O que é este blog?
Este blog trata basicamente de ideias, se possível inteligentes, para pessoas inteligentes. Ele também se ocupa de ideias aplicadas à política, em especial à política econômica. Ele constitui uma tentativa de manter um pensamento crítico e independente sobre livros, sobre questões culturais em geral, focando numa discussão bem informada sobre temas de relações internacionais e de política externa do Brasil. Para meus livros e ensaios ver o website: www.pralmeida.org. Para a maior parte de meus textos, ver minha página na plataforma Academia.edu, link: https://itamaraty.academia.edu/PauloRobertodeAlmeida;
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domingo, 16 de fevereiro de 2020
terça-feira, 10 de novembro de 2015
Eye on the News
This essential moment in French intellectual history, and in European public life—inspired by Glucksmann—came to represent the end of extreme ideological conflicts and recognition of their absurdity when immediate and real evils confronted the conscience. Symbolically, it marked the end of Marxism, a worldview that had helped forge the young Glucksmann, and which Sartre had supported his entire life. Glucksmann was a leading voice of an emerging generation of thinkers, the New Philosophers. His writings not only renounced Marxism but also accused it of providing a theoretical foundation for some of the large-scale massacres of the twentieth century. Aron had always made this charge, though less forcefully. French classical liberals, alongside Aron, tended to be pessimistic, worried about the likelihood of the USSR’s eventual victory over democracy. But Glucksmann—similar to neoconservative Americans in this regard—believed Communism could be beaten with human rights, pitting morals against suffering.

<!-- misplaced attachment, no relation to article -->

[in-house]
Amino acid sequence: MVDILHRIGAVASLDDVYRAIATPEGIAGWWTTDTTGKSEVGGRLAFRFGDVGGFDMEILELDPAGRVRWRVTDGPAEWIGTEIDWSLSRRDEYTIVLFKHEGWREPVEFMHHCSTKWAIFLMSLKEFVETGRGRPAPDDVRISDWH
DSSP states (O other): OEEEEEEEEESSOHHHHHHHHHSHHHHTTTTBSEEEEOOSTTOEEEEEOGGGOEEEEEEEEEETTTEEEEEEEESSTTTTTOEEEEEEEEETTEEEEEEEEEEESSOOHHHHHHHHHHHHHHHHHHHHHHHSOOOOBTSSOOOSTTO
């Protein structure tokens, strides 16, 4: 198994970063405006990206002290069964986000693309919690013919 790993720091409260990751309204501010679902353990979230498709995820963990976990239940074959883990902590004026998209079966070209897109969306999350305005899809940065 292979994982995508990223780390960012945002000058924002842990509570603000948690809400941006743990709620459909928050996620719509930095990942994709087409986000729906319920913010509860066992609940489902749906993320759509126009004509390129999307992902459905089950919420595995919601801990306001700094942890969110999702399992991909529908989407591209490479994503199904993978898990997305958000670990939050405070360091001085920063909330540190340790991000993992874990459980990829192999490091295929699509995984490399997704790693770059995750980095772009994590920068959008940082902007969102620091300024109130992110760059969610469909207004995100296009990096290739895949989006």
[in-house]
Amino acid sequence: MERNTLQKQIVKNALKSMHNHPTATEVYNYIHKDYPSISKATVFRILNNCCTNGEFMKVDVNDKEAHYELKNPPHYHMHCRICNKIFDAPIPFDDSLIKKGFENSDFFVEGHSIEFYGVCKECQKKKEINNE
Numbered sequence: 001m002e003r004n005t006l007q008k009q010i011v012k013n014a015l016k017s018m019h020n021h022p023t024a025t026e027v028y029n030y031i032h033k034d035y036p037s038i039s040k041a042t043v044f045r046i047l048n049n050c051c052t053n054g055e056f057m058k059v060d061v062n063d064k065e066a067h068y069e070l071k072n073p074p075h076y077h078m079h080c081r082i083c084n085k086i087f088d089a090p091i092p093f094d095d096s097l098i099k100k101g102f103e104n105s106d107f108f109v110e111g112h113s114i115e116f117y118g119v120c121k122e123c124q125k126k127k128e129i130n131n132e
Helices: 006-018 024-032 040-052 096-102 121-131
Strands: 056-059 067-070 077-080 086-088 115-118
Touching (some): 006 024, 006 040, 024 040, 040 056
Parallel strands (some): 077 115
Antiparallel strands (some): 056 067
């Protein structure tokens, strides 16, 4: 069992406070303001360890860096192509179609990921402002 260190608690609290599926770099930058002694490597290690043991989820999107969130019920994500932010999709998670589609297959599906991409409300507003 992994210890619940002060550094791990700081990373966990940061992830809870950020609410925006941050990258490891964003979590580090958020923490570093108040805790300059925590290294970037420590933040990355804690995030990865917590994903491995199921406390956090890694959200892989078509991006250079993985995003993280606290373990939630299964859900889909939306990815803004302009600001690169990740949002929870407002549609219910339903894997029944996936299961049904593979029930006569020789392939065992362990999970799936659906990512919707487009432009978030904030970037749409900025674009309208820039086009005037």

Glucksmann was a historical exemplar of public morality—and also of the relative inefficiency of this morality. A quote from French poet Charles Péguy comes to mind: Moralists, he said, “have clean hands but, in a manner of speaking, actually no hands.” Glucksmann kept his hands clean until the end, yet without indulging in self-deception. He was a righteous, pure man—a rare man.